Sound healing therapy uses music to improve a person's mental and physical well being, and in some cases to open up their spiritual consciousness.
Healing through music dates back to ancient Greece when sound was used to ease stress, promote sleep, soothe pain, and even help people with mental disorders.
It appears across many other cultures too. For example, the Aborigines used the yidaki (didgeridoo) to heal physical ailments, and Native Americans and Africans used singing and chanting as part of their healing rituals.
Music for healing is central to many ancient traditions; even the Chinese character for medicine includes the character for music.
And due to the positive results seen research trials, sound healing therapy has seen a huge resurgence in the last 20 years.
Researchers have studied how music affects the cardiovascular system and seen positive changes in blood pressure and heart rate (1).
Music has also be found to reduce anxiety and may even stave off dementia (2).
There are a number of types of sound healing therapy available, including:
- Guided meditation music
- Hypnosis recordings
- Binaural beats (Brainwave Entrainment)
- Vibroacoustic therapy
- Tuning fork therapy
So I thought it would be cool to explore and listen to some of the instruments used in sound healing.
Have a listen to some of the videos below and let me know your favorite instruments.
I personally love the flute, the rain stick, and the hang drum.
18 Sound Healing Instruments That Promote Wellbeing
There are certain instruments associated with healing that are used over and over again in different compositions.
Many have a long history, dating back centuries, and some, like the Hang Drum, are more recent inventions.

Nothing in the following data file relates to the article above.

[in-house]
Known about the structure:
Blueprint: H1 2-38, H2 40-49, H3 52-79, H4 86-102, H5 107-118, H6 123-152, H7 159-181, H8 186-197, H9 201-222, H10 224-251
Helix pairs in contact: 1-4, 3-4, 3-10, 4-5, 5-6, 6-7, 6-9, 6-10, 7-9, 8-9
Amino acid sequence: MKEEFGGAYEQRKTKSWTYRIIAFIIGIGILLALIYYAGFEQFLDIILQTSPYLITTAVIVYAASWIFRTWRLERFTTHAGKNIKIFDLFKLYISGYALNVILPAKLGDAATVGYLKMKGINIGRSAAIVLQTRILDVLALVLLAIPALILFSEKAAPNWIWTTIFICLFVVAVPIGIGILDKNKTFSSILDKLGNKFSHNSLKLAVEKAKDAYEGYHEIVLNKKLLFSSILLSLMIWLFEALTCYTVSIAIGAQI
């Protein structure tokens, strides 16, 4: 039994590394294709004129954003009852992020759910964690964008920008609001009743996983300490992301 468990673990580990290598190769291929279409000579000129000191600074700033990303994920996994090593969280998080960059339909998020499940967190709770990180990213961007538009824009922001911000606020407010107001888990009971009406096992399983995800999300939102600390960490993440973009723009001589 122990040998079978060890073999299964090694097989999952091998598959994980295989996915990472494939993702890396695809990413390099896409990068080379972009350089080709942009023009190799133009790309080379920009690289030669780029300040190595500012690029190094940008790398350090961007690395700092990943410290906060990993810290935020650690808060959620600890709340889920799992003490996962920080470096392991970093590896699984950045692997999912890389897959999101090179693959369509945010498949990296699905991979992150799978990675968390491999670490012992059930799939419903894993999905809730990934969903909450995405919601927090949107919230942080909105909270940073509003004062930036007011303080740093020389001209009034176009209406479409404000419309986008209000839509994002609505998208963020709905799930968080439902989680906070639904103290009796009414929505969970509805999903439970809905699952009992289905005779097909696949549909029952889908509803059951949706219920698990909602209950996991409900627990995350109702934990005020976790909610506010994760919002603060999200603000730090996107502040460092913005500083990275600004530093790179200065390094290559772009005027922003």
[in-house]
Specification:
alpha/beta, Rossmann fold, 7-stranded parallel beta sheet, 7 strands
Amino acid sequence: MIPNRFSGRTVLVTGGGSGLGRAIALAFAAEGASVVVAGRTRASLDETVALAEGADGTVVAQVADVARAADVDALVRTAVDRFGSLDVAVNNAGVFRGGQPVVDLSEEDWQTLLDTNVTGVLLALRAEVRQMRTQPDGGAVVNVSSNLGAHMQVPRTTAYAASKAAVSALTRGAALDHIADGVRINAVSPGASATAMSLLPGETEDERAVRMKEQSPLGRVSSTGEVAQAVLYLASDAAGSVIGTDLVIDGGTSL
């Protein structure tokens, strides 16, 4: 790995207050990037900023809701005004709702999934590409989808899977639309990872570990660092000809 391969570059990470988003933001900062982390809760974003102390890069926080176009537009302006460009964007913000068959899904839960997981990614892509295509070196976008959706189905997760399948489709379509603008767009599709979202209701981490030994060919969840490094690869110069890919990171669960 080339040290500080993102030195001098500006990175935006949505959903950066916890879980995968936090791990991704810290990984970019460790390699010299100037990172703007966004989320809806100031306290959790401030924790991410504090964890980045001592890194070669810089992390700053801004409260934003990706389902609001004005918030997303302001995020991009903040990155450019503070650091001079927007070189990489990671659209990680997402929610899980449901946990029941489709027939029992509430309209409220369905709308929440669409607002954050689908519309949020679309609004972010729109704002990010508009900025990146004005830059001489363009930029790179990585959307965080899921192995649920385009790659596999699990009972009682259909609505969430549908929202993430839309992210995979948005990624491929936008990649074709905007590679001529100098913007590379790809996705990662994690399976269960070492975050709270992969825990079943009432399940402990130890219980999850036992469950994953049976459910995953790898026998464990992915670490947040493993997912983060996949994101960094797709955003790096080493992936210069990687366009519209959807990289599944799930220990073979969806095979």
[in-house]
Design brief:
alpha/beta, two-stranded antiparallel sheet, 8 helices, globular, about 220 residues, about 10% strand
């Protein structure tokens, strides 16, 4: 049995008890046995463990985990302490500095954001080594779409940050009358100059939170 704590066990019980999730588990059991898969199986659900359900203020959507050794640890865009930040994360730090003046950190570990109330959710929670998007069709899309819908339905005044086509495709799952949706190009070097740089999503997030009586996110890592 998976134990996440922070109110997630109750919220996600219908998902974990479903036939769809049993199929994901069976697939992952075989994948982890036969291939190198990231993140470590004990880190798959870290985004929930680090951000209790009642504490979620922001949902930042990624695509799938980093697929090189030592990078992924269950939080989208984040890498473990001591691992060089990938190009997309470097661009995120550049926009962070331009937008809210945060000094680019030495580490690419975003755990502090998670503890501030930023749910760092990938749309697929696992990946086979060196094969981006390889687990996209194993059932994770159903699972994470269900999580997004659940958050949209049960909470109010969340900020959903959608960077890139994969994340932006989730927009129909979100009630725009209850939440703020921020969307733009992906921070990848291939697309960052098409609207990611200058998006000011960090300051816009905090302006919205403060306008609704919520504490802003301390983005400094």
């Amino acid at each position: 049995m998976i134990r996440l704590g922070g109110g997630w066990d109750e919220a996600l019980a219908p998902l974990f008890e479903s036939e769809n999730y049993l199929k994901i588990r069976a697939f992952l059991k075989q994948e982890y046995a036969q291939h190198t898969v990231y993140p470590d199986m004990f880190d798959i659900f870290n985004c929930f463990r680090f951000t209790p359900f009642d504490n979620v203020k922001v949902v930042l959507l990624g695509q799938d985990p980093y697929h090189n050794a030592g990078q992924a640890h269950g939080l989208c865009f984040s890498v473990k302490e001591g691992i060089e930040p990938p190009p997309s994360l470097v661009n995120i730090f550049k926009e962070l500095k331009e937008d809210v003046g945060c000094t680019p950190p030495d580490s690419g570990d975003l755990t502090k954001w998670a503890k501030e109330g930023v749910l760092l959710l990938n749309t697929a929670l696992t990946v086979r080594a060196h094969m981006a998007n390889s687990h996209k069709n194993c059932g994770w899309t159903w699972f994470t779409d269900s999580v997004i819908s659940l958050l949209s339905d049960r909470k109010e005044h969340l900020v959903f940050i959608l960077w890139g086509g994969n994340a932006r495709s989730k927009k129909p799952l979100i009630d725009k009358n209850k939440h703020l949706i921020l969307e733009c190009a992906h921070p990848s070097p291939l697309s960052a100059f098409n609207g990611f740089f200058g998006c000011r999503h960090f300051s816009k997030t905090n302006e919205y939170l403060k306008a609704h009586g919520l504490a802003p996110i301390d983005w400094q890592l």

One thing they all have in common is their ability to that soothe the mind and calm the body, and help us reconnect with Mother Nature and her Earth.
Music is a fundamental attribute of the human species. Virtually all cultures, from the most primitive to the most advanced, make music. It's been true through history, and it's true throughout an individual's lifespan.
1. Native American Flute
Used by Native Americans this flute has many names in different languages based on the region and group of people who used it.
Although the exact origins are unknown, it is thought that its creation may have come about as a result of humans seeing branches or stalks with holes made by insects that created sound, possibly when the wind blew through.
The Native American flute is said to help moderate heart rate and reduce stress or anxiety. It is commonly used in music therapy and been found to help cancer and cardiac patients manage fear and pain.
2. Singing Bowl
With a rich history that dates back many centuries, these bowls, often called Tibetan singing bowls, are commonly used in conjunction with meditation, yoga and sound healing.
In some Buddhist practices, the bowls are used to indicate the start and end of a period of meditation. The bowls are played by rotating a small mallet around the rim.